- Vitamin, Protein Boosters, Also Impacted
Jobs of some 90,000 employed in the Cosmetics and Nutraceutical trade are at stake due to the Government increasing the cess of such imports from Rs. 200 to Rs. 350 from last month as per a budget proposal, Sri Lanka Cosmetics and Nutraceutical Traders Association (SLCNTA) Chairman Ahamed Rheyas at a meeting on Sunday said.
That means if five tubes, each weighing 200 grams of such a genre are imported, then the new cess liable is Rs. 350, he said. The new cess rate applicable is either Rs. 350 per kg. in the import of such cosmetics and nutraceutical products or a cess of 35%, whichever is higher.
The meeting was convened to discuss the new cess rate.
Rheyas further said that even supplements such as proteins and vitamin boosters, classified as nutraceuticals are subjected to this new levy. The Government wants people to eat soya instead of imported protein boosters, he said.
But when this reporter pointed out the impracticality of this move when considering certain health cases, he said that they would be meeting Director General of Health Services Dr. Ajith Mendis over this issue.
SLCNTA Secretary Priya Dissanayake said that the elevation of this cess was ostensibly to protect the local industry. He however said that they don’t compete with local manufacturers.
“The market that local manufacturers cater to, and the market that we importers cater to are two different markets,” he claimed.
But if the Government wants to promote the tourism industry, it must also encourage brands, Dissanayake said.
A tourist won’t buy an unknown cosmetic, he said. Part of the reason why the tourism industry in countries/states such as in Malaysia, Maldives and Dubai developed was by encouraging international brands into those territories with little or no duty charged, said Dissanayake.
A suggestion made by them to incorporate in budget 2011 was to allow easier access of brands into the local market, but that wasn’t approved by the authorities, he said.
Otherwise there may be a danger of inferior, locally manufactured products flooding the market, he said.
To ensure quality of local products they must compete with imported products, Dissanayake said.
Reyas further said that the new cess would lead to the smuggling of such products into the country via one’s personal baggage, leading to a loss in Government revenue. “It’s better to have a low import tax regime like what the Government introduced to the vehicle industry last year, where on economies of scale Customs was able to increase revenue, than a higher tax regime which ultimately retards Government’s tax revenue streams,” he said. Added to that a simplified tax regime is even better.
Reyas alleged that in India corruption has decreased because of the lowering and the simplification of its import tax regime.
Meanwhile Sri Lanka Customs daily revenue is estimated at Rs. 2.8 billion of which Rs. 1.5 billion is contributed from vehicle imports.
Reyas who is also the Chairman of the Harcourts Group of Companies, among the top five companies in the Rs. eight billion pharmaceutical industry, estimated the value of the Cosmetics and Nutraceutical trade at Rs. five billion, whilst predicting that it will soon overtake the pharmaceutical industry because of people’s desire to look good, young and pretty.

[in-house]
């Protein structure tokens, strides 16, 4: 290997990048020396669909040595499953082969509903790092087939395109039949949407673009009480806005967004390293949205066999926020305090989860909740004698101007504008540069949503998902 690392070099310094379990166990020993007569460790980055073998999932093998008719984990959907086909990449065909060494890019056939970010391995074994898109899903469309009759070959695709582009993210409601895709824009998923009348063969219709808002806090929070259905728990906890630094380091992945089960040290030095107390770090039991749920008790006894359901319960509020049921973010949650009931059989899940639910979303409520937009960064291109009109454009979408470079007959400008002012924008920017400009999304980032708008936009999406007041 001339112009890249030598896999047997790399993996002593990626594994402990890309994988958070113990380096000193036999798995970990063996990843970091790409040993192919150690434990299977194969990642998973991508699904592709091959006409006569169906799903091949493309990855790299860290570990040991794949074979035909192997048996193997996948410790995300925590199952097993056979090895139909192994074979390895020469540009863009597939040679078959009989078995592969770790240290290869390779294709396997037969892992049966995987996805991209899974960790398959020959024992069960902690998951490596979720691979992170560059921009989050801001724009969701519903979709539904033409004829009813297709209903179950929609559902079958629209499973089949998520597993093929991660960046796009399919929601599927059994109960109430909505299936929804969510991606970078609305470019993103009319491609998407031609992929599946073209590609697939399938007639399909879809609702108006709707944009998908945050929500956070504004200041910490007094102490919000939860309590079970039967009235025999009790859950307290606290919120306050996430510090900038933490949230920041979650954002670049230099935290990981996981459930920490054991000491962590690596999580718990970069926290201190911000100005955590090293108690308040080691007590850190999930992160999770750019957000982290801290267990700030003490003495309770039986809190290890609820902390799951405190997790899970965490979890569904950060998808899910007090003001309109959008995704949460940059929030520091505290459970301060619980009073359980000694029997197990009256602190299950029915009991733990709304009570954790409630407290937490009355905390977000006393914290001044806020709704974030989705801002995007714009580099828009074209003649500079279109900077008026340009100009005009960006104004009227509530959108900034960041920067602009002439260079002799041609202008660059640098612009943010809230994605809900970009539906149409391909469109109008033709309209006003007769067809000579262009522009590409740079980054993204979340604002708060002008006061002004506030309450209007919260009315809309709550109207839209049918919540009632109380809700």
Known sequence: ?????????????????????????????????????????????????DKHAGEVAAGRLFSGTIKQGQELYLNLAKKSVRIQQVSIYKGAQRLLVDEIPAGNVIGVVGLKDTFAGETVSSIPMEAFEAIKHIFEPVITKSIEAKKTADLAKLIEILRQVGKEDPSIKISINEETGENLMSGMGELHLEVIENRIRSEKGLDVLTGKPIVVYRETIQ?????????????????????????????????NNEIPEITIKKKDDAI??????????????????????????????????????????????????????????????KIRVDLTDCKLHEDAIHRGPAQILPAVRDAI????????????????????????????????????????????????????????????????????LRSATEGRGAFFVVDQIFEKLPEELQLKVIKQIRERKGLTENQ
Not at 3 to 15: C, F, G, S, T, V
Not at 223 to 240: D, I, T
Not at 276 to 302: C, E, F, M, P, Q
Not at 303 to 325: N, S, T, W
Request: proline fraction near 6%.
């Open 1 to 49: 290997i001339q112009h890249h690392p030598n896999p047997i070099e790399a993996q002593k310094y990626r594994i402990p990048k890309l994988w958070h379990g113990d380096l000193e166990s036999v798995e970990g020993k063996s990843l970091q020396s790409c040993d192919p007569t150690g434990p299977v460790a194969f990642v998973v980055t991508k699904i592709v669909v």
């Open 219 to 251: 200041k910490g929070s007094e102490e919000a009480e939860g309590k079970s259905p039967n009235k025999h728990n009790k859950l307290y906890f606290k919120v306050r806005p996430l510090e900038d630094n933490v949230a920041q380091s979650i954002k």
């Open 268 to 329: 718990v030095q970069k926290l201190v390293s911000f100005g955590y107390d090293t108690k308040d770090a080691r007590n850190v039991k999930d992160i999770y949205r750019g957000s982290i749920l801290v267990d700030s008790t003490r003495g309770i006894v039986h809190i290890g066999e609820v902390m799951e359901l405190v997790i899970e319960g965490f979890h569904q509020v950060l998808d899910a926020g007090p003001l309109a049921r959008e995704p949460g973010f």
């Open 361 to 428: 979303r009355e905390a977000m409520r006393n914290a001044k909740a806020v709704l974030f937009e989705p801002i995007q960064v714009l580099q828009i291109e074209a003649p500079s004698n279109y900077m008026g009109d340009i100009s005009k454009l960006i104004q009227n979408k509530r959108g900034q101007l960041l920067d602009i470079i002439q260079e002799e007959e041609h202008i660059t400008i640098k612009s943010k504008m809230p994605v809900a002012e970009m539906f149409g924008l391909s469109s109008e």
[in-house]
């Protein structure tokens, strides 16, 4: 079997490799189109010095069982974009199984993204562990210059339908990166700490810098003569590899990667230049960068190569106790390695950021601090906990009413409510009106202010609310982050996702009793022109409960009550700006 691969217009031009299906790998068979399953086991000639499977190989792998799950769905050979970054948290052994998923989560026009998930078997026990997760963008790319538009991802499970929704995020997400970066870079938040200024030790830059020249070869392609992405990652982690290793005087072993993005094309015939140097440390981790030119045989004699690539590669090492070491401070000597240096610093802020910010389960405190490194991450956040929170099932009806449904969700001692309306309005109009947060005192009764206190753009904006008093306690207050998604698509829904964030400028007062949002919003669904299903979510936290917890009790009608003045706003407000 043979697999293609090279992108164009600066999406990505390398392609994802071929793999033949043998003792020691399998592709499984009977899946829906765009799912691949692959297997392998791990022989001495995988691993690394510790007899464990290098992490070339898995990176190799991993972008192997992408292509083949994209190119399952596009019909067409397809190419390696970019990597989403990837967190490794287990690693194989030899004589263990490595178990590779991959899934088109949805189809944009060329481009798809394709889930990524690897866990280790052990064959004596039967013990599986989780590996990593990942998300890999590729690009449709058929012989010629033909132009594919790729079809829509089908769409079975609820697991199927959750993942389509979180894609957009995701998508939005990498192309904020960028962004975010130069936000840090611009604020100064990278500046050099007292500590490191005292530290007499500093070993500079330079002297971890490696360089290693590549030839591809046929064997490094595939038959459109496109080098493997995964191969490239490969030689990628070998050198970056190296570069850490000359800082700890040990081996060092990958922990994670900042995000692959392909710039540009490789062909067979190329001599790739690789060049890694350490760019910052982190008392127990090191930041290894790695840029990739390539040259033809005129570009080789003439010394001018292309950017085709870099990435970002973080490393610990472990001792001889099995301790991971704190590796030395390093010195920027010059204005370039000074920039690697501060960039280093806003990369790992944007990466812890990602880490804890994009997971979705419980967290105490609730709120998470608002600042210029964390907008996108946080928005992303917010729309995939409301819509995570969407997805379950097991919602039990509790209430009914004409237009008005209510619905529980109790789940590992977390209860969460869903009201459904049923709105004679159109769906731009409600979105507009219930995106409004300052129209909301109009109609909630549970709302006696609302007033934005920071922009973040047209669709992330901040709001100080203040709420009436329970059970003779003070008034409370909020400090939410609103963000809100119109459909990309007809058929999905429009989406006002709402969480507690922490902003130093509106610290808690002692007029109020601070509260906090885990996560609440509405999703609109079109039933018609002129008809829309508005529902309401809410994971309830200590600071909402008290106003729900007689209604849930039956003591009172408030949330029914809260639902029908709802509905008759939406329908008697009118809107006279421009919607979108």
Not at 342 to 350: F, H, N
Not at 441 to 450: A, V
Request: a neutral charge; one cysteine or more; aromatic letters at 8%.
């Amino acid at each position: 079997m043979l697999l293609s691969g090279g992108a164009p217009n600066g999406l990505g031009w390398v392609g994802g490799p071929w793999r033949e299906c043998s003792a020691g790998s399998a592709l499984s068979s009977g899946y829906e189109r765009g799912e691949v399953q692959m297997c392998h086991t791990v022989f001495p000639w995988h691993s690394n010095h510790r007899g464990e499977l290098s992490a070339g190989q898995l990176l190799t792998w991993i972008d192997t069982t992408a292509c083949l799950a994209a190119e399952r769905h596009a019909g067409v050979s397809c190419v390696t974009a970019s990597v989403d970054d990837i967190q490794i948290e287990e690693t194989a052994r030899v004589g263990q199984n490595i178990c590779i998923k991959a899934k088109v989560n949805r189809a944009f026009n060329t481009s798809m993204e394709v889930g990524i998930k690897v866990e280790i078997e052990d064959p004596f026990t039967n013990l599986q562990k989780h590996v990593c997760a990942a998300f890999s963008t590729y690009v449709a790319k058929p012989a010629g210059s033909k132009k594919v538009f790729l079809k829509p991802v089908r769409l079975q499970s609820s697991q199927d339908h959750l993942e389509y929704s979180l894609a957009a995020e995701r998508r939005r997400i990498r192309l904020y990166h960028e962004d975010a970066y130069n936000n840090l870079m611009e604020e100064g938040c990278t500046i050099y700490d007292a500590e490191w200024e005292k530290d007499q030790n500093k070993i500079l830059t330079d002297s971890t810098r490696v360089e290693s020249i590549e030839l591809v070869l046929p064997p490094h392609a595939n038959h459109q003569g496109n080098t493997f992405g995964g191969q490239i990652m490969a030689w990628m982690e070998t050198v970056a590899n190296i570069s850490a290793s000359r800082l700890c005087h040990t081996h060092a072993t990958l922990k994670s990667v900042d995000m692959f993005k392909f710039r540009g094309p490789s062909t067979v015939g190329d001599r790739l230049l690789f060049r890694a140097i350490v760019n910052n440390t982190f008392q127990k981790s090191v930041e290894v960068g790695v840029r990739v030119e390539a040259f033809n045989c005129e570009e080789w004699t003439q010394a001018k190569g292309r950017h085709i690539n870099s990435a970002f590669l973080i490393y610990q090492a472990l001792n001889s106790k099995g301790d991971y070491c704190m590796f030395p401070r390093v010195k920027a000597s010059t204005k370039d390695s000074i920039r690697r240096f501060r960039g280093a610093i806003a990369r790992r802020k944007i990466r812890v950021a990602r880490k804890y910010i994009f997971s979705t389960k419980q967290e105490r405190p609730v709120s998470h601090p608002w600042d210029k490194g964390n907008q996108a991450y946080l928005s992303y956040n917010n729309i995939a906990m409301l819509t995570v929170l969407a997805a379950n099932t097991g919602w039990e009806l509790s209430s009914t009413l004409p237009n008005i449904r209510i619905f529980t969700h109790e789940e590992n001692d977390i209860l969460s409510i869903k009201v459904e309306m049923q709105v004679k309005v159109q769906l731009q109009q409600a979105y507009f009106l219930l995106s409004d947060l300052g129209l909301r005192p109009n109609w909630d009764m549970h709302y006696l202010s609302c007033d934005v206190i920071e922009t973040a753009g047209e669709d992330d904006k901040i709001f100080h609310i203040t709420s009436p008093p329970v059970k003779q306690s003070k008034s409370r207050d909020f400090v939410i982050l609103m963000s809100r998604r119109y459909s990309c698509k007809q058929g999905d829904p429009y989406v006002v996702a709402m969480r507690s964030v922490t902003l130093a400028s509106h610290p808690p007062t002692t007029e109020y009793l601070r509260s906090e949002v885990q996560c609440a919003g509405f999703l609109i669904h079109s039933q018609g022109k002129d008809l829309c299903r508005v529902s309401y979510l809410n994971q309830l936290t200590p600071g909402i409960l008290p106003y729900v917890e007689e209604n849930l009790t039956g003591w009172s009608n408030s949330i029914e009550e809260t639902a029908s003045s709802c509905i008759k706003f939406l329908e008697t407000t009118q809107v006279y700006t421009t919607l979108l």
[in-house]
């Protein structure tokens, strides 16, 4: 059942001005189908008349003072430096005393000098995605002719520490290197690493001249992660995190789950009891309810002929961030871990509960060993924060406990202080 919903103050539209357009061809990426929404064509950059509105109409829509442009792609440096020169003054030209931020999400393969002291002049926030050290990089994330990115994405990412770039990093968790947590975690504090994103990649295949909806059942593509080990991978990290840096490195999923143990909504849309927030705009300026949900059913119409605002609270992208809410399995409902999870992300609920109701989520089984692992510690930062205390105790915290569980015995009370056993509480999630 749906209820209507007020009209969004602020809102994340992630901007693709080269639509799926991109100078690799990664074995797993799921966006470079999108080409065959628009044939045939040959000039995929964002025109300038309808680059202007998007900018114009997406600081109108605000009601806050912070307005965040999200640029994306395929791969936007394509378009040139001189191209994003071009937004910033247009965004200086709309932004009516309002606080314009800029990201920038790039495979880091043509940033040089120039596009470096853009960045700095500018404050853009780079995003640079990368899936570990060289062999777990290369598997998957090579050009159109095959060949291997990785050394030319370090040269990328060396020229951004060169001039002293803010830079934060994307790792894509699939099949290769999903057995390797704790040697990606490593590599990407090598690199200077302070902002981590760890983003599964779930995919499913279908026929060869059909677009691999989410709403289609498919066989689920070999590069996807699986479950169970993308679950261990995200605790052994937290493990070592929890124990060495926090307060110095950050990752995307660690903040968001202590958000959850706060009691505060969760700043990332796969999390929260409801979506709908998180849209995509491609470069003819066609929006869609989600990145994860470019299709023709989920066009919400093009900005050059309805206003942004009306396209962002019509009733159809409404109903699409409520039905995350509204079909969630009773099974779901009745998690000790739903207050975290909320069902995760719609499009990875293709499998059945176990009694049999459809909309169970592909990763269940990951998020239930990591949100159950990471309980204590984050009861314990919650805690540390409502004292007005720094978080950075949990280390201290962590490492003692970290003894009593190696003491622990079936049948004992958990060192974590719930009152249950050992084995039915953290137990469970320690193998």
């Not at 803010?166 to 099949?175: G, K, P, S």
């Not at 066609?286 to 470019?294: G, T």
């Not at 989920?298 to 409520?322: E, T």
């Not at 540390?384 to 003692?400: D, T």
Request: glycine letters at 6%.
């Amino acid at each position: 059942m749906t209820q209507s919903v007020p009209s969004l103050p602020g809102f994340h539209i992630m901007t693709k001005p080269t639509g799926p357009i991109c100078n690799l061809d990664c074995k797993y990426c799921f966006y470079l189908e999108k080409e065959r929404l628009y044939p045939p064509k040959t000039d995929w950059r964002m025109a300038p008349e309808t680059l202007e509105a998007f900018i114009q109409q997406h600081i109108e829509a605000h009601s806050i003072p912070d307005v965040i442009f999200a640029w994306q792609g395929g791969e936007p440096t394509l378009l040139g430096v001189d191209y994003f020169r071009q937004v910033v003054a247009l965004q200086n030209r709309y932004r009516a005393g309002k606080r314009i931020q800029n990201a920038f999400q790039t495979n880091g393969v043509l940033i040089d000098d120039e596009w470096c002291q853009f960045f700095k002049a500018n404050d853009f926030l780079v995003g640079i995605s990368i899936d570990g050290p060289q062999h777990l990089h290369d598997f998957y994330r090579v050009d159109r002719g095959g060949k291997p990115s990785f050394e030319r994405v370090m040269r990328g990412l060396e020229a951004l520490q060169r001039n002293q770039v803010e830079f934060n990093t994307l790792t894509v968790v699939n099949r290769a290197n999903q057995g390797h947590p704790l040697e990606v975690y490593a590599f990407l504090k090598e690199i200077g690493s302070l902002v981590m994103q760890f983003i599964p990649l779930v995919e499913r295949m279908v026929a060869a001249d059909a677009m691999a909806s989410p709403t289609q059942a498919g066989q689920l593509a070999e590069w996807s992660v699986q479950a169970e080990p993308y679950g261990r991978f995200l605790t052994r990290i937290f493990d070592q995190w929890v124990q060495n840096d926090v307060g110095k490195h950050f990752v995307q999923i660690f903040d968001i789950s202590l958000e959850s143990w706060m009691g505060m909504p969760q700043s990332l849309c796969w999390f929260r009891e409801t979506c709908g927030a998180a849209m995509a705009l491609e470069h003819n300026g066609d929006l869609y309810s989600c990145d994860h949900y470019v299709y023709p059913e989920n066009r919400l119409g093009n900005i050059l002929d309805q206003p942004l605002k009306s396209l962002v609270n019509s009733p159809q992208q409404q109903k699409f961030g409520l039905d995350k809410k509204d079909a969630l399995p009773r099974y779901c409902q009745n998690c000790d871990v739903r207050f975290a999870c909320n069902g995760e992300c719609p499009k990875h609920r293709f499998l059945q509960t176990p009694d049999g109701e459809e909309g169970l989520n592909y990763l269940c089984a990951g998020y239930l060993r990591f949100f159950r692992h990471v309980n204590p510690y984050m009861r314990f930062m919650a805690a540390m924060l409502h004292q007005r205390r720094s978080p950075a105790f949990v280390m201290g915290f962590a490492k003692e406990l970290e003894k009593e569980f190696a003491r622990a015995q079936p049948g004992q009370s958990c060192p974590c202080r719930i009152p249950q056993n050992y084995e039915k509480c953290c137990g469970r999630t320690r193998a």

Dissanayake said that the cosmetics industry per se which was valued at Rs. 500 million was growing at the rate of 26% annually. Women between the ages of 16-32 are more concerned about their looks than food, said Reyas.
They would rather sacrifice a meal and buy a cosmetic that would help remove their pimples, he said. This also applies to garment factory girls. Now this has spread to even those who are between the ages of 40 and 60, with men too becoming particular about their looks, wanting to look young, he said.
A workshop they had on beauty at Kandy on Sunday was fully taken-up.
Reyas’s statement was also complemented by Dr. Ravi Liyanage, Chairman Raigam Group of Companies, which is also into the cosmetics business. He said that people are more concerned about their appearance than food, when this reporter asked him how successful would the sale of his new range of shampoos be in the context of the rising cost of living (see last week’s The Sunday Leader issue).
Liyanage further said that the number of clothing retailers that had opened-up in and around Kiribathgoda in recent times bore testimony to the fact that people were more conscious about how they looked rather than filling their stomachs.
Additionally the cosmetics industry supports 58,000 saloons, said Dissanayake.
Reyas further said that newspapers have misunderstood a Cosmetics, Devices and Drugs Authority (CDDA) directive which has said not to allow any advertisements of pharmaceutical items unless those have been registered with it. Newspapers, possibly due to their ignorance, as a result have even stopped accepting advertisements for nutraceuticals as well, but regulating nutraceuticals have not been mandated to the CDDA, though such legislation is in the pipeline, he said. As such publishing advertisements in the media promoting nutraceuticals is not an offence, said Reyas.